Constant temperature checks, a “no mask, no service” ethos, and high-tech people-tracking: welcome to the new normal in China, where reminders of the country’s national mobilization against the coronavirus lurk around every corner.China appears to be coming to grips with the virus, which emerged late last year and has infected more than 80,000 people and killed nearly 3,000 in the country, but has slowed markedly in recent weeks.But that has come at the cost of new preventive policies that have turned life upside down and are not likely to be swiftly abandoned. The changes wrought by a contagion spread by humans and their travels is particularly felt when trying to move around within China, as AFP journalists discovered during recent trips from Shanghai up to the borders of the viral epicenter of Hubei province.Reminders of the virus begin as soon as one leaves home, with masked cab drivers in white gloves quick to admonish any passengers who forget to wear masks.Some drivers are going even further. In the city of Wenzhou, about four hours by train from Shanghai, AFP reporters jumped into car called via Didi Chuxing — China’s answer to Uber — in which a clear plastic barrier was stretched over a makeshift frame to separate driver and passengers.Didi Chuxing piloted the project in a handful of hard-hit cities and plans to spend 100 million yuan ($14 million) to expand it. Topics : ‘Sold-out’ trains Travellers booking tickets aboard the country’s efficient high-speed rail network lately are surprised to find that, despite travel being depressed by virus fears, popular booking apps like Ctrip invariably list most trains as “sold out” or with only a handful of seats left.But one such Wenzhou-bound train was full of empty seats. That is because only a fraction of tickets are being made available to prevent travellers sitting too close to each other.”We are sorry for the confusion, but China’s high-speed rail systems are contributing to the patriotic hygiene campaign. We hope you find this convenient,” said a young female train attendant.With the government calling for an all-out “People’s War” against the virus, tech champions like Alibaba and Tencent have rolled out digital mobile-phone apps that use big data to track a traveller’s movements going back as far as a month.Users are rated as green, yellow or red based on whether they visited any high-risk zones.Showing one’s code to security personnel is now compulsory in a number of cities to exit train stations, or use public transport.In Wenzhou, cab drivers, hotels, and virtually any business will ask to see the color code before letting someone pass.The system has fuelled new grumbling on China’s internet over previous accusations that the big tech firms were doing the Communist Party’s surveillance work.But most complaints seem to involve “green” ratings inexplicably turning “red”, which can result in mandatory 14-day home quarantine.The pervasive measures attest to the one-party state’s ability to marshal huge resources — financial, material, and human — for mass campaigns couched in 1950s Communist rhetoric.Red banners hang throughout now largely shut-down cities like Wenzhou, lauding the “War of Resistance Against Pneumonia”, and declaring that “Everyone Must Contribute to the Patriotic Hygiene Campaign.” Elbow bumpHotel check-ins have become mini health inspections by masked staff who measure guests’ temperatures by aiming hand-held sensors at foreheads and forearms and record the result.”Have you experienced any fever, felt unwell or visited Hubei recently?” a Wenzhou front-desk clerk asked.The temperature obsession can be taken to absurd lengths, with some hotels re-measuring guests who had stepped out only minutes earlier. On one day, an AFP reporter moving around Wenzhou had his temperature taken a dozen times, including by cab drivers, restaurant owners, convenience-store clerks, hotel security, front-desk staff and a final late-night knock on the door by a female hotel employee.”Do not walk forward! Be still please,” she snapped, before a light beep announced the result.”It’s normal. Enjoy your evening.”Beijing is pushing a long-term fight and local governments will no doubt be fearful of letting up even slightly anytime soon and being blamed for a new outbreak.That means even some of society’s most time-honored practices are on hold.When an AFP reporter presented a business card to a government liaison officer in Wenzhou, she recoiled and asked that it be placed on a table.And when it came time to shake another official’s hand, the man refused, laughing nervously.”For safety, we don’t really shake hands at the current time,” he said, instead sticking forward the crook of his arm for an “elbow bump.”
Coming off three straight losses, the Wisconsin women’s basketball team will look to get back to winning ways Thursday night at the Kohl Center, yet faces an offensively explosive Ohio State team led by freshman guard Kelsey Mitchell.Mitchell, the No. 1 recruit in the nation in some rankings, has not disappointed in her first season. She leads the nation in scoring, averaging 25.9 points per game, and also leads the country in three-pointers made (75).“We’re gonna try to just get it out of her hands,” Wisconsin head coach Bobbie Kelsey said. “Not trapping her or anything, she’s too fast, she’s too quick. A scorer like that? Hard to stop. Let hope she’s off and she’s missing.”This past Sunday, the freshman phenom poured in 37 points, with 31 coming in the second half or overtime period in the Buckeyes’ 79-71 OT win at Purdue. She made four three’s and was 13 of 14 from the free-throw line.“We’re gonna mix it up,” Kelsey said of her team’s defensive game plan. “I don’t think we can do one thing the whole game … It’s just identifying where she is and kind of gang-guarding her.“The girl can just flat out score. And she’s left-handed, that’s even worse.”The performance led her to earn her second straight Big Ten Freshman of the Week honors, as well as Big Ten Player of the Week honors. It was the second time this season she’s won both distinctions in the same week, and was the fifth time she’s been named conference Freshman of the Week.Junior Ameryst Alston, who averages 20.8 points per game, joins Mitchell in the backcourt as another formidable scoring threat for the Buckeyes. Freshman forward Alexa Hart leads Ohio State in blocks (3.8 per game) and rebounds (8.3 per game).For Wisconsin, the three junior guards will look to continue to their recent offensive success. Dakota Whyte has scored in double figures in her last six games, while Nicole Bauman and Tessa Cichy both set new career-high point totals in the Badgers 77-71 loss at Michigan State Sunday, with 23 and 15 points, respectively.“It gave me a lot of confidence that I know I can hit my shot,” Bauman said of her career-high day. “My teammates will hit me when I’m open, and vice versa, and just trusting one another, and getting more into the flow of a game, rather than an individual game.”Bauman said it will be important for the Badgers to not fall into shooting dry spells, which allows the opposition to pull away.“There are certain times in the game where we have a lapse, where we just can’t get the ball to go in the hoop,” Bauman said. “Then the other team will get up by like 10 points and then we can’t seem to fight out of that hole.”Whyte said that there is still more room for improvement on the offensive end, however.“It’s somewhat where I want it to be,” Whyte said of her performance this season thus far. “I don’t wanna be a 20-point scorer every game. I’d rather have more assists.”Wisconsin will have to be better than the 60.9 points it averages per game if it wants to have a chance of beating Ohio State, which averages 81.0 points per game. In Big Ten play, the Buckeyes have scored 79 points or more in five of their last eight games, while Wisconsin has eclipsed 79 points once the entire season.In the last two games though, Wisconsin has scored 72 and 71 points.“I don’t think that offense is the problem,” Whyte said. “I think that we are capable of scoring, everyone on our team, especially the starters, but I think that defense is something we really need to work on.”Whyte, Cichy and Bauman have seen increases in their scoring numbers from a year ago. Bauman (+6.8), ranks fourth in the Big Ten among most improved scorers, while Cichy (+6.2) and Whyte (+4.2) rank sixth and ninth, respectively.“We’re capable,” Kelsey said. “We just have to play some defense.”Who: Ohio State vs. WisconsinWhere: The Kohl Center, Madison, WisconsinWhen: 8 p.m.TV: Big Ten Network (BTN) with Eric Collins and Sherry TillRadio: The Mic 92.1 with Jon AriasLast Time: Wisconsin defeated Ohio State 82-71 on Feb. 2, 2014.All-time series: Ohio State leads 47-17, including a 17-12 mark in Madison. The Buckeyes have won 21 of the last 23 meetings dating back to 2001.WisconsinProbable Starters: G Dakota Whyte (10.4 points per game), G Nicole Bauman (12.9 ppg), G Tessa Cichy (8.0 ppg), F Jacki Gulczynski (9.1 ppg), F Cassie Rochel (6.1 ppg)Key Reserves: G/F AnnMarie Brown, G Cayla McMorris, F Malayna JohnsonKey Injury: Michala Johnson (torn ACL)Ohio StateProbable Starters: G Kelsey Mitchell (25.9 ppg), G Cait Craft (7.9 ppg), G Ameryst Alston (20.8 ppg), G Asia Doss (5.6 ppg), F Alexa Hart (10.5 ppg)Key Reserve: G Shayla Cooper (10.4 ppg)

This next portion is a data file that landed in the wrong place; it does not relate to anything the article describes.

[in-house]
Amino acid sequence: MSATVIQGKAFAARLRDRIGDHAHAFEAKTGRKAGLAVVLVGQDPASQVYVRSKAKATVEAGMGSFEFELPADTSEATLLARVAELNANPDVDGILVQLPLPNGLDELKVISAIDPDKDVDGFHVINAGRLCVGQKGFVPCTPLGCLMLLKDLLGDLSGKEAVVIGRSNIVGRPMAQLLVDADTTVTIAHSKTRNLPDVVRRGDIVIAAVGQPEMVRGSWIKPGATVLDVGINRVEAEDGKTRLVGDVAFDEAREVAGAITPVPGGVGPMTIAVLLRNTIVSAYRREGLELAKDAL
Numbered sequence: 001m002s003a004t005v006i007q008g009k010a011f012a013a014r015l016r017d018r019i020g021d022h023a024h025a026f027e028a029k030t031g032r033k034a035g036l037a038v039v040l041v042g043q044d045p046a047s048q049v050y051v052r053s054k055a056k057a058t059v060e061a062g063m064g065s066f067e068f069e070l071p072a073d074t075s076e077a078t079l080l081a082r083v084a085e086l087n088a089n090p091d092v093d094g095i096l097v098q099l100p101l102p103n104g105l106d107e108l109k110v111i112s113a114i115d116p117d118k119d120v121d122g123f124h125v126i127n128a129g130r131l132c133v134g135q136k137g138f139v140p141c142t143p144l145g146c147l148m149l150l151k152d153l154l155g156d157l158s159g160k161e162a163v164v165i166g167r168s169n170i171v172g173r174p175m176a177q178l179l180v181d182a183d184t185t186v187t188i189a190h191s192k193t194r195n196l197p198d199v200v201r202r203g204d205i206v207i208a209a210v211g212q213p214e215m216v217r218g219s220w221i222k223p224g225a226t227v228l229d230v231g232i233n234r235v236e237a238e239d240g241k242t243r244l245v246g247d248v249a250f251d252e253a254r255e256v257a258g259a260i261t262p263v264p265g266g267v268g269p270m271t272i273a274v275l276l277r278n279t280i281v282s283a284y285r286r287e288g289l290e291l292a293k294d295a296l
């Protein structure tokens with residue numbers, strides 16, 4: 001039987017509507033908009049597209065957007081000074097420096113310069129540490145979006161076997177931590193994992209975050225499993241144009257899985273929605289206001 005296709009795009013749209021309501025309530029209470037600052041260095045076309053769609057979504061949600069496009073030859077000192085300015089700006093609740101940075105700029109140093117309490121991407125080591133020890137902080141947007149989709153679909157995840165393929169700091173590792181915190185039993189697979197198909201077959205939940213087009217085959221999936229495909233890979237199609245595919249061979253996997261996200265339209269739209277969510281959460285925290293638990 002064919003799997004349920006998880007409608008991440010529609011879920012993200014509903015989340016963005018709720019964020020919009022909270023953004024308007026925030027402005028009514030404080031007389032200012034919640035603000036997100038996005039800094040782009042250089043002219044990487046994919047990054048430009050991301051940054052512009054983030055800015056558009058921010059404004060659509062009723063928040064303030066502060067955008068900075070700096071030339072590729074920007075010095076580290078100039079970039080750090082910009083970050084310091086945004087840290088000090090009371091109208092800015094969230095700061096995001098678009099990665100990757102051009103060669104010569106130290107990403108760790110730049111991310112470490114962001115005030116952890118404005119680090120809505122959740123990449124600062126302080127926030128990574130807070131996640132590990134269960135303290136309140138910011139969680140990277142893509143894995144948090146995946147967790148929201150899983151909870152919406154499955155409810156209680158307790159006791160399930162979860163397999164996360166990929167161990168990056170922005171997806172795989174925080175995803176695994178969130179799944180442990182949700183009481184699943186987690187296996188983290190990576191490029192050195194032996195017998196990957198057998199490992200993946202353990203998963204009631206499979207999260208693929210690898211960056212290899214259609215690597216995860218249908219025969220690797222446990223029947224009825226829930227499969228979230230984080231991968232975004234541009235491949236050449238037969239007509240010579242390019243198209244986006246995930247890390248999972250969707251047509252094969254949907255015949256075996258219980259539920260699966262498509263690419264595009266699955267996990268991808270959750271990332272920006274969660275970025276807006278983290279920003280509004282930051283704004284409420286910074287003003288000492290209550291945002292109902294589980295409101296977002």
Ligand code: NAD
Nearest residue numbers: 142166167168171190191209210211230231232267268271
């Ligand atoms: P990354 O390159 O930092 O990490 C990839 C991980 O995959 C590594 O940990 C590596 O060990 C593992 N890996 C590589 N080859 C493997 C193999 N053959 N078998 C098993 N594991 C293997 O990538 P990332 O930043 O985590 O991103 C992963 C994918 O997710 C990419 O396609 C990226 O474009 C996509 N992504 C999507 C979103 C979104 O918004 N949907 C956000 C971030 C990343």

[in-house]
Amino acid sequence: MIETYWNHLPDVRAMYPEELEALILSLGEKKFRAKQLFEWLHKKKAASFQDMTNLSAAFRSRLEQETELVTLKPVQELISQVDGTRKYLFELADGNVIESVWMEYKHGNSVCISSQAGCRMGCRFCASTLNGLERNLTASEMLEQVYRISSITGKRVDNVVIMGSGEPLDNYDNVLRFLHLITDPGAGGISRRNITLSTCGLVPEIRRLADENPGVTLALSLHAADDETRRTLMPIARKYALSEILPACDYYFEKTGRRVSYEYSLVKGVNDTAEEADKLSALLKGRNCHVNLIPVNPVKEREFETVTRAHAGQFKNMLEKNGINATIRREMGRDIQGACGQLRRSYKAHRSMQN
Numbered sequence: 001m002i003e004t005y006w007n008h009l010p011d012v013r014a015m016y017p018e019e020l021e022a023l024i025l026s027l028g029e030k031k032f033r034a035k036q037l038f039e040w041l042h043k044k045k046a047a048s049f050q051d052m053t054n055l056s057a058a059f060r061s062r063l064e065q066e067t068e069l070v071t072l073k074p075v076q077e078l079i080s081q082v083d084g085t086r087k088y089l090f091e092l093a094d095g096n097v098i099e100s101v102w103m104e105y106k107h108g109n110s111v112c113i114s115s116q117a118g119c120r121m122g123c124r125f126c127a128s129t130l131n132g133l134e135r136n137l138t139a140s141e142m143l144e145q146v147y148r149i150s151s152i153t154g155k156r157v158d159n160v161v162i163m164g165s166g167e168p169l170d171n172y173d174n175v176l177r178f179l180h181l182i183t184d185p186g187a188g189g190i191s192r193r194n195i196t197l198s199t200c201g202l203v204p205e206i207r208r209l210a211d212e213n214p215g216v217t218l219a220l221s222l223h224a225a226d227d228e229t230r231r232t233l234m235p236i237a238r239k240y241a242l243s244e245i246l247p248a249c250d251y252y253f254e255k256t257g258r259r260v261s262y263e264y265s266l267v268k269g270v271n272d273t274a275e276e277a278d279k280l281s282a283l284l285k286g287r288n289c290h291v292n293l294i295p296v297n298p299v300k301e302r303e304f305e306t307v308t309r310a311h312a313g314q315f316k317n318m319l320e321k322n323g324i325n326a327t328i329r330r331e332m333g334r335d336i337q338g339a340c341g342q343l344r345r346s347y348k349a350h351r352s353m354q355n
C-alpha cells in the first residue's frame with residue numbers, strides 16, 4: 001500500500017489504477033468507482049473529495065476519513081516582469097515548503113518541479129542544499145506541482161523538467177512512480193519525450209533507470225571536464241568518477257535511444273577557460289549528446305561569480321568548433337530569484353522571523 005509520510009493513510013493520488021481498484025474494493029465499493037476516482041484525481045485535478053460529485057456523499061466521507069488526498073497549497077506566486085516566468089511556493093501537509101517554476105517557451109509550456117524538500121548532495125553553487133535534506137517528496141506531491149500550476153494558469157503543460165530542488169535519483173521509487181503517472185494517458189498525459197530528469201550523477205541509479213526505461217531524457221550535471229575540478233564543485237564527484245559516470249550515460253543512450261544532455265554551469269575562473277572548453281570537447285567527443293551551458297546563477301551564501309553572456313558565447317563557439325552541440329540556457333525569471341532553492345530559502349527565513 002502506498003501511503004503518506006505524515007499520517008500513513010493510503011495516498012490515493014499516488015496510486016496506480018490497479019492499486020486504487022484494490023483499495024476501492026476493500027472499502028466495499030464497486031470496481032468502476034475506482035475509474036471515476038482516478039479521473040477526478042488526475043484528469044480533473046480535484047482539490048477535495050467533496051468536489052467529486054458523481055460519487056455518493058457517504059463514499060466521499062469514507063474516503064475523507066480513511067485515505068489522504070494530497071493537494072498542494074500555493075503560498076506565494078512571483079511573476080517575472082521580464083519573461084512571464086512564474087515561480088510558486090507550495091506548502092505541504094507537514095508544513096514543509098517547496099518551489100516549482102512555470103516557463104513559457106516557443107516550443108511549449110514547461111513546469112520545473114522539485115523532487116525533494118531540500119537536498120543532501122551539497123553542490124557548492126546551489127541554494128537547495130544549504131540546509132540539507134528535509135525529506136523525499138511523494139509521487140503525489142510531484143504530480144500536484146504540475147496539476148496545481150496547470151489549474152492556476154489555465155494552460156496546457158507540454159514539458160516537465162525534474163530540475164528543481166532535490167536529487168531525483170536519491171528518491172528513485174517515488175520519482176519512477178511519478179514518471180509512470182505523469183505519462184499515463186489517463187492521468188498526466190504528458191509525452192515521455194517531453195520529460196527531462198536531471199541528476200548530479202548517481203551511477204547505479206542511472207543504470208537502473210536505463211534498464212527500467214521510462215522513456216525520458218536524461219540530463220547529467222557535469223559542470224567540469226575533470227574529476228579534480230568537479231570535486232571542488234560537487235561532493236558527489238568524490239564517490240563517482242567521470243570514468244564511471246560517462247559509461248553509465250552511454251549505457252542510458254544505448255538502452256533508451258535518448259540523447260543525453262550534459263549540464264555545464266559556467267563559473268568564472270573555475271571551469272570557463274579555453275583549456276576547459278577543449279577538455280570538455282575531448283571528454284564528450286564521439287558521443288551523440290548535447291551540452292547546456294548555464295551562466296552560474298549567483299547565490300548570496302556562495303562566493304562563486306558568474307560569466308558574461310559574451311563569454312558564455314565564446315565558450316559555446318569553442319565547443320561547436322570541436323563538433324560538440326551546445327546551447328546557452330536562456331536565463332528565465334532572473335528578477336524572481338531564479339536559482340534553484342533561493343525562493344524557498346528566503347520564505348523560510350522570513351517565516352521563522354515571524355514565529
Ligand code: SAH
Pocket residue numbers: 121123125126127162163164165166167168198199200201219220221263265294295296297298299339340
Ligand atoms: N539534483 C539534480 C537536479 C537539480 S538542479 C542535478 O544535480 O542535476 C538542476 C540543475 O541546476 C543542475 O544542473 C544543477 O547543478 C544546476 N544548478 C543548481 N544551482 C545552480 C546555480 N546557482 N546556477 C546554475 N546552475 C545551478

Well, with future Hall of Fame trainer Buddy McGirt in his corner for the first time, Kovalev showed he can still be one of boxing’s best in routing Alvarez to an easy decision victory to become a three-time light heavyweight champion.The impressive thing was the fact Kovalev stayed composed. He didn’t overcommit on his punches and didn’t expend useless energy whenever there was a tie-up. In turn, that helped Kovalev when he got to later rounds as he was fresh as a daisy. The flicking of the jab setup his combinations, which still had pop in later rounds when he rocked Alvarez in the final minute of the 10th round.Join DAZN and watch more than 100 fight nights a yearThe win resurrects Kovalev’s career and puts him back in the thick of things at 175 pounds. You have WBA titlist Dmitry Bivol, IBF titleholder Artur Beterbiev, and WBC champion Oleksandr Gvozdyk that are on the table.As long as the 35-year-old keeps McGirt around and listens to what he tells him to do, we could see “The Krusher” version 2.0.- Teofimo Lopez passes his first real test: Lopez had made the first 11 fights of his career look pretty easy. He had never gone past the sixth round and won nine of those fights via stoppage.Diego Magdaleno was supposed to be the litmus test to see how Lopez was progressing. Lopez aced it with flying colors, running through the former two-time world title challenger to win by seventh-round knockout. The only bad thing on this night was Lopez didn’t need the excessive post-fight celebration when he stood next to Magdaleno and did a mock sweep up, but he will learn to cut that type of nonsense out as time goes on.Is he ready to take Vasiliy Lomachenko by the end of 2019? I don’t know, but it would be fun to see the charismatic rising star give it a try and attempt to knock off one of the sport’s elite.The 21-year-old, yes he’s only 21-years-old, checks off all the necessary tools to be one of the premier fighters in the sport. He possesses excellent speed and power. Ultimately, it’s up to Lopez. If he can continue to grow inside and outside the ring, Lopez can become a superstar.- Richard Commey wins gold: The native of Ghana was very close to his first world title back in September 2016, when he lost a razor-thin split decision to Robert Easter Jr. Many boxing pundits felt Commey had done enough to earn the IBF belt. Then, in his next time out, Commey lost another split-decision to Denis Shafikov.Losing back-to-back fights usually signals long road back to title contention. To Commey’s credit, he fought his way back with three impressive victories in a row to earn another crack at the IBF title against Isa Chaniev.Commey didn’t waste too much time, as the 31-year-old sent Chaniev to the canvas with a vicious straight right hand with 25 seconds remaining in the first round. Commey made sure Chaniev didn’t make it out of the second when he blasted Chaniev with a hard left hook to send him to the mat one more time. Somehow Chaniev got up, but Commey put him away with a barrage of shots and the referee finally waved it off for the first title win in Commey’s career.The win earned Commey a shot at Lomachenko on April 12 in a title unification bout. If Commey shows the type of ability we saw on Saturday, then we could see an upset.The Bad- Abner Mares out of his scheduled bout with Gervonta Davis: Last week, Mares pulled out of the bout due to an elbow injury.But during an appearance Sunday on “Inside PBC Boxing,” the three-division world champion revealed that he really had to bow out of the fight because he suffered a detached retina in his right eye at a sparring session on Jan. 23. Mares had surgery last Wednesday to repair the eye.The injury is career-threatening, but Mares feels like he will return someday. He’s going to leave the decision up to his doctors.This is the second time Mares has suffered the injury. It happened in 2008, but Mares won four world titles in three different weight classes since then.But at 33-years-old and having this issue happen again definitely raises some issues whether he should continue on. Long-term health is more important than continuing inside the ring and potentially making the matter worse. You would rather be able to see out of two eyes and live a full life instead of only having one functional eye.The Dirty- Referees need to start looking out for the safety of fighters: The three undercard fights leading up to Alvarez-Kovalev ended by stoppage. And in those instances, the referees failed to stop them in a timely manner.In the Commey-Chaniev fight, Chaniev was out like a sack of potatoes and anyone with any boxing knowledge would have seen Chaniev struggling to get up. But the referee let it go to only see Chaniev get battered and dropped one more time before calling it off in the second round.Then, in the Oscar Valdez-Carmine Tommasone bout, Tommasone got sent to the canvas for the third time in the sixth round. You could see Valdez had the fight well in hand and Tommasone had no shot at winning, but once again, the ref let it go a round too long, as Tommasone got knocked down in the seventh round and the fight was finally stopped.To cap the absurdity off, in the Lopez-Magdaleno fight, Lopez dropped Magdaleno nearly head first with a right hand to the body followed by a short left hook. It should have ended there, but the madness continued into the seventh when Lopez wound back with a brutal left hook. Seeing Magdaleno standing there ripe for the picking, Lopez put everything he had into his last shot and threw a scintillating left hook with evil intentions to violently send Magdaleno’s head bouncing off the mat. It was a roaring week in boxing. Here are the highs and lows of the week.The Good- Sergey Kovalev is back: Kovalev had a lot to prove heading into his rematch with Eleider Alvarez. He blamed his performance on overtraining when he got stopped by Alvarez in August. He also used the same reasoning in the first and second loss to Andre Ward. What would be any different this time around? Kovalev was always a quick starter, but would fade down the stretch. Join DAZN and watch more than 100 fight nights a yearPeople will say the corners are there for a reason. In theory, they’d be correct. But the corners want their fighters to win. Part of the referee’s job is to protect the fighters and they failed horribly.Every fighter has a different pain threshhold, but with concussion issues running rampant in sports, safety is of the utmost importance. You see a fight well out of hand and a fighter absorbing too much punishment — stop the fight. That’s your job. Fortunately, no one was hurt. But next time, it could be a different story.